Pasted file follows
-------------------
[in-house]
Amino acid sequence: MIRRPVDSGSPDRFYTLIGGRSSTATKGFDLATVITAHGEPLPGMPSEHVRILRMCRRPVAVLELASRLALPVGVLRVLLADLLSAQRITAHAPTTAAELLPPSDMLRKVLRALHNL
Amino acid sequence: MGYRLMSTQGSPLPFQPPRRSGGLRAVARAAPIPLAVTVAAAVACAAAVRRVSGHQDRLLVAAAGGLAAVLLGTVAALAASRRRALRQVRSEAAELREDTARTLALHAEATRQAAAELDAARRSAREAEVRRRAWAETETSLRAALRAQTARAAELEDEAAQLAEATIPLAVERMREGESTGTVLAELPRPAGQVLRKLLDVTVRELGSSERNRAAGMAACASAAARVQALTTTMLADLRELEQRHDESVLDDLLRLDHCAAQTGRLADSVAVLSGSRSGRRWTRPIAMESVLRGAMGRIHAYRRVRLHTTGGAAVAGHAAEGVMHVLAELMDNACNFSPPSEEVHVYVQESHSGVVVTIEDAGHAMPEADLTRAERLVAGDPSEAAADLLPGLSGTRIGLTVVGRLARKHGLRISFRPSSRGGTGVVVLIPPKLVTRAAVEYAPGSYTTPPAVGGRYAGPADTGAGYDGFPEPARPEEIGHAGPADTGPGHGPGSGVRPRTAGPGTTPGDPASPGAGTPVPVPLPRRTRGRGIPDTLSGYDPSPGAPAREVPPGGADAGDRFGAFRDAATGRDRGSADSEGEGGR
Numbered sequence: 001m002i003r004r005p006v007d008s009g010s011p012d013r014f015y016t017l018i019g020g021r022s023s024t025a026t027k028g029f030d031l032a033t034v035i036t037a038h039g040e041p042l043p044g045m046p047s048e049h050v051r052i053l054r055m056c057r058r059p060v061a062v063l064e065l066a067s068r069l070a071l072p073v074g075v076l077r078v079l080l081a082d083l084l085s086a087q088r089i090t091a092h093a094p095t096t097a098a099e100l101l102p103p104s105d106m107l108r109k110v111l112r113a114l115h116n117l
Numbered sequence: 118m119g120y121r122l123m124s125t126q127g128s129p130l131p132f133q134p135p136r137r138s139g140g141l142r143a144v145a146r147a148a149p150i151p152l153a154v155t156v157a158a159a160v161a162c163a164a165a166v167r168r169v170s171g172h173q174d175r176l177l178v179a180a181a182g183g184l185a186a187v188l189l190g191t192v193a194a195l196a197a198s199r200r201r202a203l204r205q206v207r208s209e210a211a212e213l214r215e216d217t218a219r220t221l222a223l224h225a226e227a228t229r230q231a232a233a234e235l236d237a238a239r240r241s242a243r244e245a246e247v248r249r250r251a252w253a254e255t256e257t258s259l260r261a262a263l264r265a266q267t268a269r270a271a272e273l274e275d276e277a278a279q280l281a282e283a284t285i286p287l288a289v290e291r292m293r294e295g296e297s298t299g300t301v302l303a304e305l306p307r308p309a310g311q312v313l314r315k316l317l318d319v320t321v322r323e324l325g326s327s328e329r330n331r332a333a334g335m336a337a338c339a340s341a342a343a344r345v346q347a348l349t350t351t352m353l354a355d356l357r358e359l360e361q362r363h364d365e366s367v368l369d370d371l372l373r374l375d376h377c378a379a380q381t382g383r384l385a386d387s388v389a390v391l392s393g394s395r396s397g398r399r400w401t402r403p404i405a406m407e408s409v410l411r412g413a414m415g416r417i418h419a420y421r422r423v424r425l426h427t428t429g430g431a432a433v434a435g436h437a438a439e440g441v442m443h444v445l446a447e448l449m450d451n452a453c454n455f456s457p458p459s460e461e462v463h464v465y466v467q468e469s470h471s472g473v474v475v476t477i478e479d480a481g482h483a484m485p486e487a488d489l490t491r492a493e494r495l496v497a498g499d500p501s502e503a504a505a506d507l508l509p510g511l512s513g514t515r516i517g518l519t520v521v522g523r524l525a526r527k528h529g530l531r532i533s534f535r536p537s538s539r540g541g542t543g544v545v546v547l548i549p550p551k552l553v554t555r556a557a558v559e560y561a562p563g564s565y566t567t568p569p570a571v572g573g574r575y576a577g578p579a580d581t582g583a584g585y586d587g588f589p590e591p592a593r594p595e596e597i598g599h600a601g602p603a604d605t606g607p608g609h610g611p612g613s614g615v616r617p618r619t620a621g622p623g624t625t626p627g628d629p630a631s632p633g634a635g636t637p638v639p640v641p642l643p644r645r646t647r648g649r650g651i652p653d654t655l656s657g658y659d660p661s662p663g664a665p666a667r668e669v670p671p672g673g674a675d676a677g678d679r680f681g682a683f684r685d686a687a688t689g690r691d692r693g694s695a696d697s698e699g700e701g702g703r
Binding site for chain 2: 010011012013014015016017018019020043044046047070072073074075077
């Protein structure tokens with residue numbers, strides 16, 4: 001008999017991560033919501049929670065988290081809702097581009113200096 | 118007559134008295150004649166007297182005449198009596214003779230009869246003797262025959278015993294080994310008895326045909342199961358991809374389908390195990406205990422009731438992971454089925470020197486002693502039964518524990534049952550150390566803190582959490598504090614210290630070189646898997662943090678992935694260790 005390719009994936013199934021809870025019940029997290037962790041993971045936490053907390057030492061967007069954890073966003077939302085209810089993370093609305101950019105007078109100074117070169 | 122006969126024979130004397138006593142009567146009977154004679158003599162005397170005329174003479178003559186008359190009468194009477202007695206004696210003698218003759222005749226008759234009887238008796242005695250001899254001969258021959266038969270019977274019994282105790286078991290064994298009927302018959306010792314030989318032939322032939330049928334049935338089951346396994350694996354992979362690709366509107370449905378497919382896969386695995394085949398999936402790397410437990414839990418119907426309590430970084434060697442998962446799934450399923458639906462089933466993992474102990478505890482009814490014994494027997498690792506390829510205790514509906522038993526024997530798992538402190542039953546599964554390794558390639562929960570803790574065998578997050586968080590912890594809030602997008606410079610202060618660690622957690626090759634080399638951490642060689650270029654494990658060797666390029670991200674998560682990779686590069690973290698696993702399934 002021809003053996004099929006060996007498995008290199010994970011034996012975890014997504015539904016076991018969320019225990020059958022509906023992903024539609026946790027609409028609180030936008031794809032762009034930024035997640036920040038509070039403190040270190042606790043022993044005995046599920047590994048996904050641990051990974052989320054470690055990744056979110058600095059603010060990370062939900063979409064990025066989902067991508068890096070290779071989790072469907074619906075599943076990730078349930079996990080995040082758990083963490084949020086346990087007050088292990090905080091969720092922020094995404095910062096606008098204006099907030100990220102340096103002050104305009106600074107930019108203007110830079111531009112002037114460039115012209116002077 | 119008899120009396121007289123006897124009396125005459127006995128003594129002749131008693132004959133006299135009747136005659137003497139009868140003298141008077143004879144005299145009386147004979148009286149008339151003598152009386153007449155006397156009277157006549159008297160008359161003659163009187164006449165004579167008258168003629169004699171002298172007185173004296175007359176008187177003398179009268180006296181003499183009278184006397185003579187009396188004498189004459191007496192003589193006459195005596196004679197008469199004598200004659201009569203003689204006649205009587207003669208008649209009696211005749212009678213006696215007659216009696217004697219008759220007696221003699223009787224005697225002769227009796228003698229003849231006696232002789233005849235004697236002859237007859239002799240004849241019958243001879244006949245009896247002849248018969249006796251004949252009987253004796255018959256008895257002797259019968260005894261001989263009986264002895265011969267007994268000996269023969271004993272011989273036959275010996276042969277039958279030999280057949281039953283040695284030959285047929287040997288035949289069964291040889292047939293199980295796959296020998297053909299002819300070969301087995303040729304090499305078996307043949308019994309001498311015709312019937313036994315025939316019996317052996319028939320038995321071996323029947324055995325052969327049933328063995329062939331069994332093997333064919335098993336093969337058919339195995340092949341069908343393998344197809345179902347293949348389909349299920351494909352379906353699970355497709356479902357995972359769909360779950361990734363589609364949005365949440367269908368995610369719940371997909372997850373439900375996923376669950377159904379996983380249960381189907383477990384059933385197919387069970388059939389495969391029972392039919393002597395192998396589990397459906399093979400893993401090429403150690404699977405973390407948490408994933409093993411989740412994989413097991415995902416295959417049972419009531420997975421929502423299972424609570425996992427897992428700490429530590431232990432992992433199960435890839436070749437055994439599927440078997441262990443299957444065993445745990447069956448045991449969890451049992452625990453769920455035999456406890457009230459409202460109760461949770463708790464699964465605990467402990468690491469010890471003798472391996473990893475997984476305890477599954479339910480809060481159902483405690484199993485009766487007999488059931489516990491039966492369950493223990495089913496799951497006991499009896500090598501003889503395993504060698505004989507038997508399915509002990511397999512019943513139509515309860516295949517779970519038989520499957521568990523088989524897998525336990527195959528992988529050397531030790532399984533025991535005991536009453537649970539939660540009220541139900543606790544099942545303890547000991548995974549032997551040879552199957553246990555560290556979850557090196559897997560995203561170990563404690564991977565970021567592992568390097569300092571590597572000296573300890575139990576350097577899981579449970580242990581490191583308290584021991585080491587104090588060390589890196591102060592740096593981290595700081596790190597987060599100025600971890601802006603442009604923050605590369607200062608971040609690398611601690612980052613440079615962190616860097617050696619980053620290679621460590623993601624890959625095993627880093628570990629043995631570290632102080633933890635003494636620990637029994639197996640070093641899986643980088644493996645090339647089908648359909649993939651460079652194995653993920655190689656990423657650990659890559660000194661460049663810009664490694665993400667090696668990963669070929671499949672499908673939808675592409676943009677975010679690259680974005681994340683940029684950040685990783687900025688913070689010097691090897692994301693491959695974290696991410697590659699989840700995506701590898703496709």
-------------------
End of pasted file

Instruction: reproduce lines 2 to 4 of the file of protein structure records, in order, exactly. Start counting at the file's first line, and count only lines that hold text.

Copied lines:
Amino acid sequence: MIRRPVDSGSPDRFYTLIGGRSSTATKGFDLATVITAHGEPLPGMPSEHVRILRMCRRPVAVLELASRLALPVGVLRVLLADLLSAQRITAHAPTTAAELLPPSDMLRKVLRALHNL
Amino acid sequence: MGYRLMSTQGSPLPFQPPRRSGGLRAVARAAPIPLAVTVAAAVACAAAVRRVSGHQDRLLVAAAGGLAAVLLGTVAALAASRRRALRQVRSEAAELREDTARTLALHAEATRQAAAELDAARRSAREAEVRRRAWAETETSLRAALRAQTARAAELEDEAAQLAEATIPLAVERMREGESTGTVLAELPRPAGQVLRKLLDVTVRELGSSERNRAAGMAACASAAARVQALTTTMLADLRELEQRHDESVLDDLLRLDHCAAQTGRLADSVAVLSGSRSGRRWTRPIAMESVLRGAMGRIHAYRRVRLHTTGGAAVAGHAAEGVMHVLAELMDNACNFSPPSEEVHVYVQESHSGVVVTIEDAGHAMPEADLTRAERLVAGDPSEAAADLLPGLSGTRIGLTVVGRLARKHGLRISFRPSSRGGTGVVVLIPPKLVTRAAVEYAPGSYTTPPAVGGRYAGPADTGAGYDGFPEPARPEEIGHAGPADTGPGHGPGSGVRPRTAGPGTTPGDPASPGAGTPVPVPLPRRTRGRGIPDTLSGYDPSPGAPAREVPPGGADAGDRFGAFRDAATGRDRGSADSEGEGGR
Numbered sequence: 001m002i003r004r005p006v007d008s009g010s011p012d013r014f015y016t017l018i019g020g021r022s023s024t025a026t027k028g029f030d031l032a033t034v035i036t037a038h039g040e041p042l043p044g045m046p047s048e049h050v051r052i053l054r055m056c057r058r059p060v061a062v063l064e065l066a067s068r069l070a071l072p073v074g075v076l077r078v079l080l081a082d083l084l085s086a087q088r089i090t091a092h093a094p095t096t097a098a099e100l101l102p103p104s105d106m107l108r109k110v111l112r113a114l115h116n117l